Succulents, Native Plants, Mid-Century Modern--The Hortense Miller Garden

Quintessential California Modern...
 ...succulents...
 and native plants...
 ...all the latest, trendiest, hottest up-to-date stuff in one garden...that was started back in 1959.  I visited the Hortense Miller garden this past week.  Back in the 1950's, Mr. Miller, retiring from a successful career in Chicago, asked his wife what she'd like to do next. 
"I want to move to California and grow a garden!"
"Okay, dear."
And so they did, deciding on Laguna Beach, then then known as an artist's colony.  Nowadays, few not-already-very wealthy artists can afford to live in Laguna-- the median home price is $1.25 million--but the late 1950's was a different world.  Orange County was still mostly rural, California beach towns were still sleepy, small, affordable.
Portrait of the gardener:
 Sadly, Mr. Miller, who was some thirty years older than his wife, passed away shortly after their California Modern home was completed in 1959.  Mrs. Miller spent the next 59 years growing a garden on a two and a half acre (10,100 m2) property on the lip of a canyon with views of the sea.    
What the land was, before the home was built:


 The sea fades into the sky:

The property has very little flat space;  the garden is mostly slope.
 I took a photo of the vintage mid-century chairs for you mid-century chair lovers (you know who you are!): 
 We had the luxury of a quiet and leisurely tour--there was no rush to push us through and out, so I could ponder the soul of the place a bit more than the usual snap-and-go of typical garden tours. 
Spuria Iris:
 A garden made by one person, essentially, over a long period of time prompted interesting speculation.  Mrs. Miller was a Midwesterner (St. Louis, Chicago) and appears to have had a modest, practical sensibility. 
  I don't think the garden had ever been torn out and completely remodeled--everything evolved, slowly.  Certainly the house stayed exactly the same.  
Right down to the original home-of-the-future light switches:
 There was Algerian Ivy from the 1960's, ferns from the 70's, Dietes morea from the 80's.  The trees--Eucalyptus, Agonis, Pine, an Erythrina--had been given time to mature.  Shrubs had been given time to become small trees.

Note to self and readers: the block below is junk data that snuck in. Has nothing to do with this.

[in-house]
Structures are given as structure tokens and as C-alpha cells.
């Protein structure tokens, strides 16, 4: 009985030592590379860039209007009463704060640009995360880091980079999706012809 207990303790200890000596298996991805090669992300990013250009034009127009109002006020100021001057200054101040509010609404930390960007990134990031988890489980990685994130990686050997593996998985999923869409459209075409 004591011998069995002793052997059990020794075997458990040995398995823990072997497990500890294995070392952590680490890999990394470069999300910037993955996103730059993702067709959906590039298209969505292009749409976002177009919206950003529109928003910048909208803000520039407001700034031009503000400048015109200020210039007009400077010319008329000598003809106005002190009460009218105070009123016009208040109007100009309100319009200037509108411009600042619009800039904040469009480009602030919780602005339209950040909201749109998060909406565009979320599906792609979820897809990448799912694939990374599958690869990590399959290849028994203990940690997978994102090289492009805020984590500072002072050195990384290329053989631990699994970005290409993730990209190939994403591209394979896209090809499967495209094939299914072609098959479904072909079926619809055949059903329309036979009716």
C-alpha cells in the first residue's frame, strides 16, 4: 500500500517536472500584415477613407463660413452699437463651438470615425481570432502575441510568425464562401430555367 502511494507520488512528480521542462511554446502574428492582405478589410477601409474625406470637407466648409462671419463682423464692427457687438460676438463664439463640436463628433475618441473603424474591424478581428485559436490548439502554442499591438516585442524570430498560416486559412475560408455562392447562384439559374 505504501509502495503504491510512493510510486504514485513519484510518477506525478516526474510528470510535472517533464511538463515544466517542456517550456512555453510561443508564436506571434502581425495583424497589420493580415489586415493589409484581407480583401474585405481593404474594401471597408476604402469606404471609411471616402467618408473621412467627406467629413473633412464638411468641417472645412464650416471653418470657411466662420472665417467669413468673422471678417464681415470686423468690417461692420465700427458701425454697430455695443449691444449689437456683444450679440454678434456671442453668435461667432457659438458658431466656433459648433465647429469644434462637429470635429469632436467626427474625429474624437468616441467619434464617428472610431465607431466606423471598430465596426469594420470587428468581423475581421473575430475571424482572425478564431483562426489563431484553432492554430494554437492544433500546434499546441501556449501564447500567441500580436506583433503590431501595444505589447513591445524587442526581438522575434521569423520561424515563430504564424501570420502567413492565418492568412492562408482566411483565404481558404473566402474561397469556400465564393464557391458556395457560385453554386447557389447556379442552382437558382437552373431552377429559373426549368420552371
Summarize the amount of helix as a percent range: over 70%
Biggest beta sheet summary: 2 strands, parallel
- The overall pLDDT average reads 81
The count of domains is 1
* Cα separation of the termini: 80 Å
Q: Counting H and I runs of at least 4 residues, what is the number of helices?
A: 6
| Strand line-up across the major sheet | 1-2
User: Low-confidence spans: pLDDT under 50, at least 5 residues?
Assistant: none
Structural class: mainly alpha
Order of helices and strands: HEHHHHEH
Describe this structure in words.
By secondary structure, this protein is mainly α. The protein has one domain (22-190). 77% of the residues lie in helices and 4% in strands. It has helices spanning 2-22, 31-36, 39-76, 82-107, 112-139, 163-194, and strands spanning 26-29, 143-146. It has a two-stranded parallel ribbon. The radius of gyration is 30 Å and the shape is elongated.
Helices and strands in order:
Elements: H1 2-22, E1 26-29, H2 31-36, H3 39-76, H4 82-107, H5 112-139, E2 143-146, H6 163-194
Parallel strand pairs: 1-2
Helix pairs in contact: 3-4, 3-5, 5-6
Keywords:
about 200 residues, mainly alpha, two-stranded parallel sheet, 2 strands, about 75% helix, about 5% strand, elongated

Like a page from Sunset Magazine circa 1962:
Walking through the home, I had that melancholy feeling one gets going to estate sales--a home long-lived in and loved, missing its owner.
 The garden felt more alive; the spirit of the gardener seemed more present. 
 There was a modesty to the plants--in the Internet age we've quickly grown to relish the easy availability of so many more plants than even a couple of decades ago. There were two common species of Agaves I saw, not dozens; two common species of Aloes, not dozens--Mrs. Miller was a plant lover, but not one to indulge in retail therapy.
Taste, not style, nurturence, not affluenza, patience, not insistence. Fully absorbing the point of view that produced this place, one could understand how our mania for shopping and acquiring is driven by a sensibility increasingly distant and alien from the grounded, careful optimism of sixty or seventy years ago.  Where's the outdoor kitchen with the outdoor flat-screen TV to watch from the squashy couches under the chandelier?  Not here.
  





Ocean views from your potting bench.  Let me repeat that:  Ocean views from your potting bench! 

 Imagine looking out to the sea from your potting bench, the Pacific ocean beyond an ocean of flowers...